581. J. M. Keynes to Harrod , 30 August 1936 [a]

[Replies to 580 , answered by 582 ]

Tilton, Firle, Sussex #

30 August 1936

My dear Roy,

I like your paper [1] (may I keep the copy you have sent me?) more than I can say. I have found it instructive and illuminating, and I really have no criticisms. I think that you have re-orientated the argument beautifully. I also agree with your hints at the end about future dynamic theory.

I am reading a paper to the economic club at Stockholm on about the same date as you will be reading this, [2] and have been thinking (it isn't written yet) of trying to pick out what I thought most important. But I now feel that I should like to read them your paper instead! There are, however, one or two points mainly omitted in yours which I should be inclined to put into mine:--

(1) I have been much pre-occupied with the causation, so to speak, of my own progress of mind from the classical position to my present views,--with the order in which the problem developed in my mind. What some people treat as an unnecessarily controversial tone [3] is really due to the importance in my own mind of what I used to believe, and of the moments of transition which were for me personally moments of illumination. You don't feel the weight of the past as I do. One cannot shake off a pack one has never properly worn. And probably your ignoring all this is a better plan than mine. For experience seems to show that people are divided between the old ones whom nothing will shift and are merely annoyed by my attempts to underline the points of transition so vital in my own progress, and the young ones who have not been properly brought up and believe nothing in particular. The portholes of light seen in escaping from a tunnel are interesting neither to those who mean to stay there nor to those who have never been there! I have no companions, it seems, in my own generation, either of earliest teachers or of earliest pupils; yet I cannot in thought help being somewhat bound to them,--which they find exceedingly irritating!

(2) My second point is, perhaps, part of my first. You don't mention effective demand or, more precisely, the demand schedule for output as a whole, except in so far as it is implicit in the multiplier. To me the most extraordinary thing, regarded historically, is the complete disappearance of the theory of demand and supply for output as a whole, i.e. the theory of employment, after it had been for a quarter of a century the most discussed thing in economics. One of the most important transitions for me, after my Treatise on Money had been published, was suddenly realising this. It only came after I had enunciated to myself the psychological law that, when income increases, the gap between income and consumption will increase,--a conclusion of vast importance to my own thinking but not apparently, expressed just like that, to anyone else's. Then, appreciably later, came the notion of interest being the measure of liquidity-preference, which became quite clear in my mind the moment I thought of it. And last of all, after an immense lot of muddling and many drafts, the proper definition of the marginal efficiency of capital linked up one thing with another. [4]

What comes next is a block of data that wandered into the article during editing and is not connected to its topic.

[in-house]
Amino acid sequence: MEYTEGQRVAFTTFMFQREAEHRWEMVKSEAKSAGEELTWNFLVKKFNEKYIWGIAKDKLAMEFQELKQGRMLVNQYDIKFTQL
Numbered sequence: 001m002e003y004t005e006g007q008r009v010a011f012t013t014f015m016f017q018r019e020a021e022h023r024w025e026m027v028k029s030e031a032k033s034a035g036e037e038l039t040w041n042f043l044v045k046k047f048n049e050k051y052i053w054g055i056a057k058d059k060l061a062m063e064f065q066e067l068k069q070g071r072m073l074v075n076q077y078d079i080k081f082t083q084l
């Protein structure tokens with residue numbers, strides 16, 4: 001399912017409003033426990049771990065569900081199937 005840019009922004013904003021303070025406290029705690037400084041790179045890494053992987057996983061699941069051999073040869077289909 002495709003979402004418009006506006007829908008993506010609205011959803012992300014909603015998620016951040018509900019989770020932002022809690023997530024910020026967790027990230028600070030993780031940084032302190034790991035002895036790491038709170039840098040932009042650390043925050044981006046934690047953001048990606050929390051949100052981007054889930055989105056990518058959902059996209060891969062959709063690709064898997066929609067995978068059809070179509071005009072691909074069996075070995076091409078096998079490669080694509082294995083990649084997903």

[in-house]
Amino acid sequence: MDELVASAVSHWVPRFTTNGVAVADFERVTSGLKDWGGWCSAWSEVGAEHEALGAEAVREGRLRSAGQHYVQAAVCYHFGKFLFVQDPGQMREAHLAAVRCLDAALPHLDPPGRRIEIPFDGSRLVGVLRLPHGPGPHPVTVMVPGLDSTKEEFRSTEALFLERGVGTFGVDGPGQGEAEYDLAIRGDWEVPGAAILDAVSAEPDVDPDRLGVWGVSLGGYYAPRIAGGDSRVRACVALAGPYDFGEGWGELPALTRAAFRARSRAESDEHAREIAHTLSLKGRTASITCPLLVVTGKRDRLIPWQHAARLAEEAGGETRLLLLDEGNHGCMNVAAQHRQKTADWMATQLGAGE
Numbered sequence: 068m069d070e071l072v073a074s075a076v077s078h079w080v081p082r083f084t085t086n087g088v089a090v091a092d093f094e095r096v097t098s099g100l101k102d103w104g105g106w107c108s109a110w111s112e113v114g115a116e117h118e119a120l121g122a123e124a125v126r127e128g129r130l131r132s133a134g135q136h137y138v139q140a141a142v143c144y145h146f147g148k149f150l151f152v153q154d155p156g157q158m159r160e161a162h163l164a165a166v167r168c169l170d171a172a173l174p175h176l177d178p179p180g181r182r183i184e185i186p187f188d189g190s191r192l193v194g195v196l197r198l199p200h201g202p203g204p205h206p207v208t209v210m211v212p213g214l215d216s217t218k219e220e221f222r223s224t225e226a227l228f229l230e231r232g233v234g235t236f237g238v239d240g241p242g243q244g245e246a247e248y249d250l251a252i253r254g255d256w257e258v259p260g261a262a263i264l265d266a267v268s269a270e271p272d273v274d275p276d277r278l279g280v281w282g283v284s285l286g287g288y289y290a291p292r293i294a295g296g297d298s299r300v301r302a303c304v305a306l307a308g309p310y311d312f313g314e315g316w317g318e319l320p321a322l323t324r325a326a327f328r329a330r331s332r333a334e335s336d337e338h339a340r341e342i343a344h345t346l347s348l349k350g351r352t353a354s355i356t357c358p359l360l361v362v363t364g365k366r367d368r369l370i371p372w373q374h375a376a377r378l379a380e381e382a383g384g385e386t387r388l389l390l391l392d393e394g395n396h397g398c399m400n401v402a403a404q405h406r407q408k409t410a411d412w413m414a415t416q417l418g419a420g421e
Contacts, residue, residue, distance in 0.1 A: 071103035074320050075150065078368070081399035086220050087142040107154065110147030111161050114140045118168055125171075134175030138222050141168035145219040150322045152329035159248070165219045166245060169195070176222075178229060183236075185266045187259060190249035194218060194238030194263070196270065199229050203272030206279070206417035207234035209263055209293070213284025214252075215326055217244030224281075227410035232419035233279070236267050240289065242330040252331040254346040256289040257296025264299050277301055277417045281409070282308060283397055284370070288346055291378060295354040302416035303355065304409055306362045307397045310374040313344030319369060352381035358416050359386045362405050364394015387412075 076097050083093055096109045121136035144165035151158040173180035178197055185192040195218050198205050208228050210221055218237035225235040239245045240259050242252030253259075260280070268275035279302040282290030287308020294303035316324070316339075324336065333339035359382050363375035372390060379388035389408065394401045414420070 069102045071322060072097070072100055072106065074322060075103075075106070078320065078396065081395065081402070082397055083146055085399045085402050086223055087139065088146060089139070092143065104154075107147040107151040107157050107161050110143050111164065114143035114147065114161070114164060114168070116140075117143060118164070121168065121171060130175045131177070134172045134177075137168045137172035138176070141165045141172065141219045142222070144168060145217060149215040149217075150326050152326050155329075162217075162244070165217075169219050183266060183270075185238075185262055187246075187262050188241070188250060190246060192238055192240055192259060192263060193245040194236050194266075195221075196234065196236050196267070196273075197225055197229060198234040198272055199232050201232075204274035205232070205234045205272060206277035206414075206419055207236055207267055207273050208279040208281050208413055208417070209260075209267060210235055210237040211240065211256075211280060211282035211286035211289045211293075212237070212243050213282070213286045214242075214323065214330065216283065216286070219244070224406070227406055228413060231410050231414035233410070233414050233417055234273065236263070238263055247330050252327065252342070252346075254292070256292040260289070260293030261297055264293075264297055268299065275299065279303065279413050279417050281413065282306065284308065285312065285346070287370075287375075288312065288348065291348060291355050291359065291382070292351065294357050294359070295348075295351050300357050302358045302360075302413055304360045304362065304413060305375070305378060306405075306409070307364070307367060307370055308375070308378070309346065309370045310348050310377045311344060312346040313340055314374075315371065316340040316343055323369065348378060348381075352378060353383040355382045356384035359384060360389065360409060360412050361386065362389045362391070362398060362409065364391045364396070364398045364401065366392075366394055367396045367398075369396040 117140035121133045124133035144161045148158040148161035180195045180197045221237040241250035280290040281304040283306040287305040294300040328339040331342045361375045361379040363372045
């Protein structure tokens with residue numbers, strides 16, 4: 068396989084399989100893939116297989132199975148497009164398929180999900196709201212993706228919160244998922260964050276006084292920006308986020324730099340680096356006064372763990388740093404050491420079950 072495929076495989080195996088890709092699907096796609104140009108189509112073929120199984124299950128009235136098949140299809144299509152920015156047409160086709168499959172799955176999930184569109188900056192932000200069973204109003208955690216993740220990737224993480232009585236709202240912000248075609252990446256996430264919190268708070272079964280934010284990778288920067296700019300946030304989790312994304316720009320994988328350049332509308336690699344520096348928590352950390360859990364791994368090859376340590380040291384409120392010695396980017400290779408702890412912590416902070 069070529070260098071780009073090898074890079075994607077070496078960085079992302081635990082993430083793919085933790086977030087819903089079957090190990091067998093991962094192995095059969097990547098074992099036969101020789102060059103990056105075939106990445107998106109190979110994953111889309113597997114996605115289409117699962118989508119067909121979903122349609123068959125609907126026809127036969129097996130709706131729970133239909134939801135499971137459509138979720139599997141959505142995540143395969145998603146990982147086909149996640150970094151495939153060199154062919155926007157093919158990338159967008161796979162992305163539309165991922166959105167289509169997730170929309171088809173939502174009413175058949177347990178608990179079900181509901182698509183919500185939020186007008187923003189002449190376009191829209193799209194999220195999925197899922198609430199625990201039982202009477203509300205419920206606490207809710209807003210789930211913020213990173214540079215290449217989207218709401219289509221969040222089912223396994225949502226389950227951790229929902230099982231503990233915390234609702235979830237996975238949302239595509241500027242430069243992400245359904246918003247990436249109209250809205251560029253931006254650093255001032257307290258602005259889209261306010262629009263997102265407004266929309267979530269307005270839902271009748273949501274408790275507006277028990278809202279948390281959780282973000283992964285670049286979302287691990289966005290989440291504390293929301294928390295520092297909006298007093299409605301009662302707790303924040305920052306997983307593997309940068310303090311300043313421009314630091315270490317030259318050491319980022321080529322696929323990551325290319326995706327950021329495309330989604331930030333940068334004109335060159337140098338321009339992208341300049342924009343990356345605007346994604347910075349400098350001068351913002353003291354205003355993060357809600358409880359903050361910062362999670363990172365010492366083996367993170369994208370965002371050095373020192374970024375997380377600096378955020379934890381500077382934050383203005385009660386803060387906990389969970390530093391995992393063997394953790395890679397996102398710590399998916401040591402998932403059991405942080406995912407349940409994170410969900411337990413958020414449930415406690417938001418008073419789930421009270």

(3) You do not show how in conditions of full employment, which I should now like to define as the limiting case in which the supply of output schedule ceases to be elastic, my theory merges in the orthodox theory.

I should much like to have your paper for the E.J. My only ground for hesitation is the personal embarrassment of how much space as editor I can properly give to discussions of my own stuff. In December I am expecting something from Ohlin. [5] Would next March be too late from your point of view?

Yours ever,

J M Keynes

  1. 1. Harrod, "Mr. Keynes and Traditional Theory" ( 1937:4 ).

    2. J. M. Keynes, "Further Reflections on Liquidity Preference", delivered on 25 September 1936; the lecture notes are published in Keynes's Collected Writings (1971-89), vol. XIV, pp. 100-101.

    3. This includes Harrod, who insistently complained of the controversial character of Keynes's criticism of the traditional approach (see for instance letters 462 , [jump to page] , and 469 , [jump to page] ), while in his paper on "Mr. Keynes and Traditional Theory" he maintained that there was substantial continuity between Keynes and the classical position ( 1937:4 , pp. 75, 85 and passim).

    4. On the importance of the discovery of the marginal efficiency of capital in Keynes's process of thought see also letter 470 , [jump to page] .

    5. B. Ohlin's article "Some Notes on the Stockholm Theory of Saving and Investment" was eventually published in two parts in the March and June issues of vol. XLVII (1937) of the Economic Journal, pp. 53-69 and 221-40.

    1. a. ALS, four pages on four sheets, in HP II-65. An AI version, housed in JMK GTE/2/2/64-67, seems to be the preliminary draft of the letter actually sent. The two versions, however, are almost identical. The letter is printed in Keynes, Collected Writings, vol. XIV, pp. 84-86. Reproduced by kind permission of the Provost and Scholars, King's College, Cambridge.

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